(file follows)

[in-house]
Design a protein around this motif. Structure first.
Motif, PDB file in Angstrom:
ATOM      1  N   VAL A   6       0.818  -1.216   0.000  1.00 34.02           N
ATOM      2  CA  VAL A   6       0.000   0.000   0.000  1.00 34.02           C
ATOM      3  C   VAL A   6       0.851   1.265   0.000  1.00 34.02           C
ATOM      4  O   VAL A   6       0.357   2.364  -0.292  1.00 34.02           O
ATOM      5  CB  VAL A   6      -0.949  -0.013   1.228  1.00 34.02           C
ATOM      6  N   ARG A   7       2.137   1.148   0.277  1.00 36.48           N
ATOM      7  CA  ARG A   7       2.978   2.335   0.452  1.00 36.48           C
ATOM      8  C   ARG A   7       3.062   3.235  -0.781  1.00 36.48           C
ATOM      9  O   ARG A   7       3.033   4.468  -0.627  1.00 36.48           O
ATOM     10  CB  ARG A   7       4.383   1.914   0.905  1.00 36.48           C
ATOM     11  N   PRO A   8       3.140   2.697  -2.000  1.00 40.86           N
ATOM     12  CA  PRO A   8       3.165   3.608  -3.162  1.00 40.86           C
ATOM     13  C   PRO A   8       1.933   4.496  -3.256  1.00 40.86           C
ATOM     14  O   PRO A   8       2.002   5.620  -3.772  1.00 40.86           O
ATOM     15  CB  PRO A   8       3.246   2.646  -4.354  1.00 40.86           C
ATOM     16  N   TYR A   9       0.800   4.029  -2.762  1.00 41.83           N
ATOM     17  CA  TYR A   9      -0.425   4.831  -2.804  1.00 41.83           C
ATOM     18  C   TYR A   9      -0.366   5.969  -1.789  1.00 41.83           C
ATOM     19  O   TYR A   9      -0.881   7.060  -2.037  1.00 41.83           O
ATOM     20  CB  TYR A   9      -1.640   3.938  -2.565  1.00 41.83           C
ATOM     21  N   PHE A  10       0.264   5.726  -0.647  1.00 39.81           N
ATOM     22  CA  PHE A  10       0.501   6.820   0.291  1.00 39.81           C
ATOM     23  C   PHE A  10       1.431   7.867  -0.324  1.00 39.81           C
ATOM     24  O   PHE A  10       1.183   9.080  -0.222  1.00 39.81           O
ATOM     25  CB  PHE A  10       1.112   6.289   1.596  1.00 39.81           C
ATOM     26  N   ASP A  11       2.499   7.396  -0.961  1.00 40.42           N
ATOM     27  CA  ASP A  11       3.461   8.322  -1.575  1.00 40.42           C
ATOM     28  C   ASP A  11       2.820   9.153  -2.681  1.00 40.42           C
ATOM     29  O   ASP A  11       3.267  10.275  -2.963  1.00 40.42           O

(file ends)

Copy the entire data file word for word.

[in-house]
Design a protein around this motif. Structure first.
Motif, PDB file in Angstrom:
ATOM      1  N   VAL A   6       0.818  -1.216   0.000  1.00 34.02           N
ATOM      2  CA  VAL A   6       0.000   0.000   0.000  1.00 34.02           C
ATOM      3  C   VAL A   6       0.851   1.265   0.000  1.00 34.02           C
ATOM      4  O   VAL A   6       0.357   2.364  -0.292  1.00 34.02           O
ATOM      5  CB  VAL A   6      -0.949  -0.013   1.228  1.00 34.02           C
ATOM      6  N   ARG A   7       2.137   1.148   0.277  1.00 36.48           N
ATOM      7  CA  ARG A   7       2.978   2.335   0.452  1.00 36.48           C
ATOM      8  C   ARG A   7       3.062   3.235  -0.781  1.00 36.48           C
ATOM      9  O   ARG A   7       3.033   4.468  -0.627  1.00 36.48           O
ATOM     10  CB  ARG A   7       4.383   1.914   0.905  1.00 36.48           C
ATOM     11  N   PRO A   8       3.140   2.697  -2.000  1.00 40.86           N
ATOM     12  CA  PRO A   8       3.165   3.608  -3.162  1.00 40.86           C
ATOM     13  C   PRO A   8       1.933   4.496  -3.256  1.00 40.86           C
ATOM     14  O   PRO A   8       2.002   5.620  -3.772  1.00 40.86           O
ATOM     15  CB  PRO A   8       3.246   2.646  -4.354  1.00 40.86           C
ATOM     16  N   TYR A   9       0.800   4.029  -2.762  1.00 41.83           N
ATOM     17  CA  TYR A   9      -0.425   4.831  -2.804  1.00 41.83           C
ATOM     18  C   TYR A   9      -0.366   5.969  -1.789  1.00 41.83           C
ATOM     19  O   TYR A   9      -0.881   7.060  -2.037  1.00 41.83           O
ATOM     20  CB  TYR A   9      -1.640   3.938  -2.565  1.00 41.83           C
ATOM     21  N   PHE A  10       0.264   5.726  -0.647  1.00 39.81           N
ATOM     22  CA  PHE A  10       0.501   6.820   0.291  1.00 39.81           C
ATOM     23  C   PHE A  10       1.431   7.867  -0.324  1.00 39.81           C
ATOM     24  O   PHE A  10       1.183   9.080  -0.222  1.00 39.81           O
ATOM     25  CB  PHE A  10       1.112   6.289   1.596  1.00 39.81           C
ATOM     26  N   ASP A  11       2.499   7.396  -0.961  1.00 40.42           N
ATOM     27  CA  ASP A  11       3.461   8.322  -1.575  1.00 40.42           C
ATOM     28  C   ASP A  11       2.820   9.153  -2.681  1.00 40.42           C
ATOM     29  O   ASP A  11       3.267  10.275  -2.963  1.00 40.42           O